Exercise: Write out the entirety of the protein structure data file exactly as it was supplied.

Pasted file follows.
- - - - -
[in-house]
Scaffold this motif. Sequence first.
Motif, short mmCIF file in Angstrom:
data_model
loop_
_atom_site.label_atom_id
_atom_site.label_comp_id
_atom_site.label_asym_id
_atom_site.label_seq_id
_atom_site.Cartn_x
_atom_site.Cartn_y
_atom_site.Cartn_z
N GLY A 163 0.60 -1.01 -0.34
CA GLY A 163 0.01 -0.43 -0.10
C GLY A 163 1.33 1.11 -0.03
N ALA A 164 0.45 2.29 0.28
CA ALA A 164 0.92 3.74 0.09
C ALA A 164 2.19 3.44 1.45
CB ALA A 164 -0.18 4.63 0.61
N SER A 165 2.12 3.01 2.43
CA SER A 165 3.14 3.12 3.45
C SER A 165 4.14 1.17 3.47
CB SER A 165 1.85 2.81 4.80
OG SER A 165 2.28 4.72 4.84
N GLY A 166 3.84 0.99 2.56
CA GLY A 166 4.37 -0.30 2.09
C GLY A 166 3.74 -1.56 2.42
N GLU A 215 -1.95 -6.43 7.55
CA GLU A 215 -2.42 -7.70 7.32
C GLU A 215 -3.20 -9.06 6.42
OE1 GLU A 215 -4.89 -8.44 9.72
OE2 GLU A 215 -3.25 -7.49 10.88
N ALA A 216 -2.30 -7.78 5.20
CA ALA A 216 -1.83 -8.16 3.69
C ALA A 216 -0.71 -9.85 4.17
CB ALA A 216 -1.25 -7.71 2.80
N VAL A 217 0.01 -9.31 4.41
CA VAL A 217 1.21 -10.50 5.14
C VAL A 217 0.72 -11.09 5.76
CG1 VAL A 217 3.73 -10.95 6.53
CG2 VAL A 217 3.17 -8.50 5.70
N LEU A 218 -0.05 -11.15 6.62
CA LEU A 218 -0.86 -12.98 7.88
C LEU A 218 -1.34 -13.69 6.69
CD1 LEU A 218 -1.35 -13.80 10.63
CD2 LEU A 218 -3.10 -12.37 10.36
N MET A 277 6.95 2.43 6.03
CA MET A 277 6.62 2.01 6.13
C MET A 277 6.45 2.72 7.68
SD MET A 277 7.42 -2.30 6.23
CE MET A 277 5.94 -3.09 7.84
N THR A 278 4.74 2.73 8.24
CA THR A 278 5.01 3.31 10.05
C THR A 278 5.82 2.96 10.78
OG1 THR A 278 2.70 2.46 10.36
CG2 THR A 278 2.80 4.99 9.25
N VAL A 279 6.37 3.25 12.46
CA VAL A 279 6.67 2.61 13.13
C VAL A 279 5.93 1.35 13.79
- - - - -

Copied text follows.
[in-house]
Scaffold this motif. Sequence first.
Motif, short mmCIF file in Angstrom:
data_model
loop_
_atom_site.label_atom_id
_atom_site.label_comp_id
_atom_site.label_asym_id
_atom_site.label_seq_id
_atom_site.Cartn_x
_atom_site.Cartn_y
_atom_site.Cartn_z
N GLY A 163 0.60 -1.01 -0.34
CA GLY A 163 0.01 -0.43 -0.10
C GLY A 163 1.33 1.11 -0.03
N ALA A 164 0.45 2.29 0.28
CA ALA A 164 0.92 3.74 0.09
C ALA A 164 2.19 3.44 1.45
CB ALA A 164 -0.18 4.63 0.61
N SER A 165 2.12 3.01 2.43
CA SER A 165 3.14 3.12 3.45
C SER A 165 4.14 1.17 3.47
CB SER A 165 1.85 2.81 4.80
OG SER A 165 2.28 4.72 4.84
N GLY A 166 3.84 0.99 2.56
CA GLY A 166 4.37 -0.30 2.09
C GLY A 166 3.74 -1.56 2.42
N GLU A 215 -1.95 -6.43 7.55
CA GLU A 215 -2.42 -7.70 7.32
C GLU A 215 -3.20 -9.06 6.42
OE1 GLU A 215 -4.89 -8.44 9.72
OE2 GLU A 215 -3.25 -7.49 10.88
N ALA A 216 -2.30 -7.78 5.20
CA ALA A 216 -1.83 -8.16 3.69
C ALA A 216 -0.71 -9.85 4.17
CB ALA A 216 -1.25 -7.71 2.80
N VAL A 217 0.01 -9.31 4.41
CA VAL A 217 1.21 -10.50 5.14
C VAL A 217 0.72 -11.09 5.76
CG1 VAL A 217 3.73 -10.95 6.53
CG2 VAL A 217 3.17 -8.50 5.70
N LEU A 218 -0.05 -11.15 6.62
CA LEU A 218 -0.86 -12.98 7.88
C LEU A 218 -1.34 -13.69 6.69
CD1 LEU A 218 -1.35 -13.80 10.63
CD2 LEU A 218 -3.10 -12.37 10.36
N MET A 277 6.95 2.43 6.03
CA MET A 277 6.62 2.01 6.13
C MET A 277 6.45 2.72 7.68
SD MET A 277 7.42 -2.30 6.23
CE MET A 277 5.94 -3.09 7.84
N THR A 278 4.74 2.73 8.24
CA THR A 278 5.01 3.31 10.05
C THR A 278 5.82 2.96 10.78
OG1 THR A 278 2.70 2.46 10.36
CG2 THR A 278 2.80 4.99 9.25
N VAL A 279 6.37 3.25 12.46
CA VAL A 279 6.67 2.61 13.13
C VAL A 279 5.93 1.35 13.79